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Wireless Network Congestion Management Using Predictive Analytics
Computer Science and Engineering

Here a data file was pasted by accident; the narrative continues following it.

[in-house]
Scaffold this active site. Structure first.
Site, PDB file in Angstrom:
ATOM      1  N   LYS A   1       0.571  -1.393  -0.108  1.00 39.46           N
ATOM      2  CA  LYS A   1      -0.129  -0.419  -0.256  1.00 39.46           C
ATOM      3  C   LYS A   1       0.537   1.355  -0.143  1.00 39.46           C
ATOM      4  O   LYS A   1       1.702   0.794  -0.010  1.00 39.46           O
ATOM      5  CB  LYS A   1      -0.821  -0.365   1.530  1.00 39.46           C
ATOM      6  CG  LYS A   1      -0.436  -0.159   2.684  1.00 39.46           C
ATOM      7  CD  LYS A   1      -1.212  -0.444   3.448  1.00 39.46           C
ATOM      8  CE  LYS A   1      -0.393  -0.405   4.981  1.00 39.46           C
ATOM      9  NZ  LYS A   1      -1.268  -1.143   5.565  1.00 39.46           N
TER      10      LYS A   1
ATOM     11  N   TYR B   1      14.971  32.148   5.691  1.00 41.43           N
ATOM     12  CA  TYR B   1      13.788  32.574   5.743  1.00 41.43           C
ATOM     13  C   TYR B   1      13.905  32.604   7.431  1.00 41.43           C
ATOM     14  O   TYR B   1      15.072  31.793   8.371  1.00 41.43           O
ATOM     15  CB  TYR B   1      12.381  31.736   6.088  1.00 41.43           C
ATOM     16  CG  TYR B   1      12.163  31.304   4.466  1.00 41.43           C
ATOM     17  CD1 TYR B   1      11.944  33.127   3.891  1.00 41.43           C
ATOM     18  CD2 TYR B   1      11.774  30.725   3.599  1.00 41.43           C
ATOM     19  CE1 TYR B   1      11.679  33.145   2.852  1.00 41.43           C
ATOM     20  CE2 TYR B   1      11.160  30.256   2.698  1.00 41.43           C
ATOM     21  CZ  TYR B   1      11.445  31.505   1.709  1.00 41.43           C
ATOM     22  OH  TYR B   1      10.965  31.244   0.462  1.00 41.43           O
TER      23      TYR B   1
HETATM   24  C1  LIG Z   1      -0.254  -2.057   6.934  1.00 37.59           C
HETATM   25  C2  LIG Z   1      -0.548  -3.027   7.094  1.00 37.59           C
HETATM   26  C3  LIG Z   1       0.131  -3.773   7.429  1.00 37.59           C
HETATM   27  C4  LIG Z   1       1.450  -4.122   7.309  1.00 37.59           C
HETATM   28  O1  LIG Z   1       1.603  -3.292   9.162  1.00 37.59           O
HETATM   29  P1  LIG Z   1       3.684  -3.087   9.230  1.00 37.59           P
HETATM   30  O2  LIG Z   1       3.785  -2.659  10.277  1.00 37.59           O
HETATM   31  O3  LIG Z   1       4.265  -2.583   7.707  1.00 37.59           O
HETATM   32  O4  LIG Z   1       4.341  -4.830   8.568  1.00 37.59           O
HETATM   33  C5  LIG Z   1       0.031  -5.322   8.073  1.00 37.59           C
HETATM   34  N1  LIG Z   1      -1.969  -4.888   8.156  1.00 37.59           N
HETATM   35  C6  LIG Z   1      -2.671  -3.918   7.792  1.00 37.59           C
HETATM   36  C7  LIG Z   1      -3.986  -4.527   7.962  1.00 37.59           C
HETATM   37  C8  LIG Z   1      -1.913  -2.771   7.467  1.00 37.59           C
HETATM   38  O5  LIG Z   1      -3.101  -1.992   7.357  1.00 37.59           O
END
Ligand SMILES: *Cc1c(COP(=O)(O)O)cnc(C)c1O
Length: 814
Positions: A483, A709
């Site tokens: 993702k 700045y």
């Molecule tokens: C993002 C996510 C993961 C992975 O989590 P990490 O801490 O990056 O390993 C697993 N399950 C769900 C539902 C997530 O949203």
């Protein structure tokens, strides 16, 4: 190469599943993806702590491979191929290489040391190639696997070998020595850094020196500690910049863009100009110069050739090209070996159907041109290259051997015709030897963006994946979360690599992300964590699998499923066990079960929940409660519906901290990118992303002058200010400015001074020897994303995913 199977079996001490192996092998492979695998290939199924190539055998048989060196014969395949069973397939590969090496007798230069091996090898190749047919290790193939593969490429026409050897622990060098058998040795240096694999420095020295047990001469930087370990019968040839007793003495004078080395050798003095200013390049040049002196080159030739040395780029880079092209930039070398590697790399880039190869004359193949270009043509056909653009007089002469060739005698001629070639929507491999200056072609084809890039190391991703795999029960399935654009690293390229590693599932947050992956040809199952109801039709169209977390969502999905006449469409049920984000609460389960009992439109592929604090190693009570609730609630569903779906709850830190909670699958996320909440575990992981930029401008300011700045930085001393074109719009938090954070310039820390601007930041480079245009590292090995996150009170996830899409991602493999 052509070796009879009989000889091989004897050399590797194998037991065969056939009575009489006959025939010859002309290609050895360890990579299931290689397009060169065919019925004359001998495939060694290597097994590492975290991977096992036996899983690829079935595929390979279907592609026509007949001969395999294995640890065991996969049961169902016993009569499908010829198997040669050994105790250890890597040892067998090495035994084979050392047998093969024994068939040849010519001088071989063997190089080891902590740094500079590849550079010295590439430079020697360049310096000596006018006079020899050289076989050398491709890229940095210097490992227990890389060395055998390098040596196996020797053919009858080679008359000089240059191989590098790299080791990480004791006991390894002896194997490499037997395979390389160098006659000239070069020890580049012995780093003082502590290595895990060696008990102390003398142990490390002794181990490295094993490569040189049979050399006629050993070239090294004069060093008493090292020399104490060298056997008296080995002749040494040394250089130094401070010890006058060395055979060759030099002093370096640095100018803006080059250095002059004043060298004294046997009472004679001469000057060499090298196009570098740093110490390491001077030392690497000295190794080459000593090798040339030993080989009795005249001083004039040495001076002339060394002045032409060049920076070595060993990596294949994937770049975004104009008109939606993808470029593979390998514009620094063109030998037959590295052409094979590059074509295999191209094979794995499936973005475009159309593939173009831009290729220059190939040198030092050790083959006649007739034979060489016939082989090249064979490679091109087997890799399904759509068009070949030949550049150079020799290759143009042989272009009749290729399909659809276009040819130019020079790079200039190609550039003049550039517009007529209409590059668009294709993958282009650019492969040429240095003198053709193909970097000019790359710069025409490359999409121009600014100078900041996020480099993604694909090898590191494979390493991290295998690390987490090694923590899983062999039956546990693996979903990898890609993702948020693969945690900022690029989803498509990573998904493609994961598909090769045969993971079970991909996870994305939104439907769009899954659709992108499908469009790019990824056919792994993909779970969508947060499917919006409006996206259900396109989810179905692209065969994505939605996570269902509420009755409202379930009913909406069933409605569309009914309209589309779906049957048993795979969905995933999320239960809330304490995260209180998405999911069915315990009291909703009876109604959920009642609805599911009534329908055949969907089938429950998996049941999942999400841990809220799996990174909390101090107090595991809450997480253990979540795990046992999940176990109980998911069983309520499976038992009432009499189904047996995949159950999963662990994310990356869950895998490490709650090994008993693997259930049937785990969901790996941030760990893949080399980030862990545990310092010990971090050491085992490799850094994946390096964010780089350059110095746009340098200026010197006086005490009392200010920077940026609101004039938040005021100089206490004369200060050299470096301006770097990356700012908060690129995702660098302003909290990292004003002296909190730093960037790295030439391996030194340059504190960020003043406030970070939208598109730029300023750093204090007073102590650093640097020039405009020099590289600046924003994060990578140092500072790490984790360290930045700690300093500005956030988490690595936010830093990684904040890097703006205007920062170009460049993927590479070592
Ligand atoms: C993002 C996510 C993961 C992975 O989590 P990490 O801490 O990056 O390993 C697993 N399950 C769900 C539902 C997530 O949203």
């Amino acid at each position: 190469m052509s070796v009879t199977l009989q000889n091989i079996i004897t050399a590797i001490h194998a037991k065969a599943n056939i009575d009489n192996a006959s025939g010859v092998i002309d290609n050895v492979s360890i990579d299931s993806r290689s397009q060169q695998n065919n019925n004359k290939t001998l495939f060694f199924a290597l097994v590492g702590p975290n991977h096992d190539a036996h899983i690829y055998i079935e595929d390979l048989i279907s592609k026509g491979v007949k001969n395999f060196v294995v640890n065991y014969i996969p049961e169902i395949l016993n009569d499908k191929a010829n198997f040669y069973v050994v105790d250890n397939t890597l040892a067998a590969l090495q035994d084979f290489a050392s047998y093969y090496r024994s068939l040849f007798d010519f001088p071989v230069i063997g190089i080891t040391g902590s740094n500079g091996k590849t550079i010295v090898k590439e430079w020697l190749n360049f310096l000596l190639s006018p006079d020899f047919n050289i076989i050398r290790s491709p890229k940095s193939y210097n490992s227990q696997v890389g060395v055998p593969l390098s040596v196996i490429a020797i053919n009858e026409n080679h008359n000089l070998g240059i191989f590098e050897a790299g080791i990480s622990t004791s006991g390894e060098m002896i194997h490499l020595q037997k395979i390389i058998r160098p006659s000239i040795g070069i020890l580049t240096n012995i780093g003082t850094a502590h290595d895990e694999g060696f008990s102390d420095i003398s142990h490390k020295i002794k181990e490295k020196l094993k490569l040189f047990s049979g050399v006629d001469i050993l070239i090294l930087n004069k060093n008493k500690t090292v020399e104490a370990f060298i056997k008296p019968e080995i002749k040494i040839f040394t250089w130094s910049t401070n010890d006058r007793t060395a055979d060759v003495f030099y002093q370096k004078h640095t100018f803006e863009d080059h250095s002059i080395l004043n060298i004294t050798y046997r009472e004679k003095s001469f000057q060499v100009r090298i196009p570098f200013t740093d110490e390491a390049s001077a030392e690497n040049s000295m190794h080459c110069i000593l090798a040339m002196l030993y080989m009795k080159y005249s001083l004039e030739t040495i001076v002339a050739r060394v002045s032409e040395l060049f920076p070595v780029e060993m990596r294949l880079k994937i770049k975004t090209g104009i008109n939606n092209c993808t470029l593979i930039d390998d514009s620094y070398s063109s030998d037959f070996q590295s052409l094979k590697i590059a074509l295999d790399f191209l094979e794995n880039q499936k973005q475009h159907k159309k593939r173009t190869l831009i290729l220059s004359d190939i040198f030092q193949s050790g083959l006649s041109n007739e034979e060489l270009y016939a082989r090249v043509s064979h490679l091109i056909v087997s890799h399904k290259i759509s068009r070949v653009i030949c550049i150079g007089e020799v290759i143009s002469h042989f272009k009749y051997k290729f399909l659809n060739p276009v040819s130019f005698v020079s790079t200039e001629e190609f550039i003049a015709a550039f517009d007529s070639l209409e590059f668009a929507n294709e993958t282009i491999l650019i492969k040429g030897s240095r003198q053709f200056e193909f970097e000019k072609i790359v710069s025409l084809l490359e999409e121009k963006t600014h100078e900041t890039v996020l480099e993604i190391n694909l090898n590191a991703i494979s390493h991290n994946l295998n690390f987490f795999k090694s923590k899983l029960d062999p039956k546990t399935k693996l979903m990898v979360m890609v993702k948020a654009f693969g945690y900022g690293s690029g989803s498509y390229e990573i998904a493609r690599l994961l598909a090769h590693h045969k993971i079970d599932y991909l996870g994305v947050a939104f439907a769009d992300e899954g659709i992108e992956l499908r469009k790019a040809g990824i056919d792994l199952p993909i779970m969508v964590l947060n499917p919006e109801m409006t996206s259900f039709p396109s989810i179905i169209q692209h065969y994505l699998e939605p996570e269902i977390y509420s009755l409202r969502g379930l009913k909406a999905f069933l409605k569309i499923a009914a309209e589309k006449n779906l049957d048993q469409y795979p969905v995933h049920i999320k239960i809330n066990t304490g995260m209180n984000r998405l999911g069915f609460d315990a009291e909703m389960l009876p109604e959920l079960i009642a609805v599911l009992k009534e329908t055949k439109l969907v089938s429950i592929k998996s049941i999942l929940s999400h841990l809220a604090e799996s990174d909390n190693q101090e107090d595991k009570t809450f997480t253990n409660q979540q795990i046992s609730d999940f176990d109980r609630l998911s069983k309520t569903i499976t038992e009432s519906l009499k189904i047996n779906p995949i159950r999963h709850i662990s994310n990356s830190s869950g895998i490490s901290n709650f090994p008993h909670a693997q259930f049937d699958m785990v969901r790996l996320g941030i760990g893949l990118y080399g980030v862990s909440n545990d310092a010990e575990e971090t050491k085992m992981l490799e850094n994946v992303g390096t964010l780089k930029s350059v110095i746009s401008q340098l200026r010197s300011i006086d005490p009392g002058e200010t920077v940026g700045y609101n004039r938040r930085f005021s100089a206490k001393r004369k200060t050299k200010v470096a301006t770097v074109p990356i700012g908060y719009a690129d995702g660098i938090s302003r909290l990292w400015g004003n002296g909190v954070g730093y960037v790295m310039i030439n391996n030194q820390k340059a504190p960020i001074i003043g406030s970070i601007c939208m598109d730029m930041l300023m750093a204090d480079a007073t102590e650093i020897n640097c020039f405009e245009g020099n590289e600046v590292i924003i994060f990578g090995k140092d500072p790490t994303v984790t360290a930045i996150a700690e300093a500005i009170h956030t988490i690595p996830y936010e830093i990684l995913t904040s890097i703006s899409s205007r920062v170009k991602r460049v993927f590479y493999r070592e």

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Wi-Fi Access Points (APs) deployed publicly are facing serious demands due tothe proliferation in Wi-Fi enabled devices. This becomes more prominent whenthe user crowd moves dynamically in space creating a sporadic usage pattern. Inorder to cater for the dynamically changing spectrum demands, we need to identifyareas with high spectrum usage that needs betterWi-Fi coverage. In this thesis,we aim to understand the dynamic spectrum usage over space, time and channels.The temporal and spatial analysis helps us to identify places that are highly congestedat any given time. The channel usage pattern determines channels that areover utilized and under utilized in the congested areas.The usage data from user devices can be analyzed to answer a number of possiblequestions in regards to congestion, access point load balancing, user mobilitytrends and efficient channel allocation. Using this data, we attempt to identifyWi-Fi usage trends in a dynamic environment and use it to further predict thecongestion in various locations. To accomplish this, we have used University ofNevada, Reno (UNR) to conduct our experiments where we use various supervisedlearning algorithms to find the existing patterns in spectrum usage insideUNR. Using these patterns, we predict the values for certain key attributes thatdirectly correlate to the congestion status of any location. Finally, we apply unsupervisedlearning algorithms to these predicted data instances to cluster them intodifferent groups. Each group will determine the level of congestion for any buildingat any time of any day. This way, we will be able to ascertain whether or notany place at any time in the future might require additional resources to be able todeliver wireless services efficiently.In an attempt to deliver wireless services in a resourceful manner, we also talkabout self-coexistence among networks where the secondary networks can accesslicensed bands without interfering with the primary networks. This technologyis referred to as dynamic spectrum access that allows the underutilized frequencybands to be used avoiding the need for additional resources. With all the secondarynetworks trying to access an available channel, there arises a game theoretic competitionwhere they want to get a channel for themselves by incurring as minimumcost/time as possible. We implement a predictive strategy in the networks forthem to land on an available channel in the shortest time possible minimizing thecollisions among themselves. Thus, we investigate various predictive algorithmsand observe how a self-learning approach can be helpful in maximizing utilities ofthe players in comparison to traditional game theoretic approaches.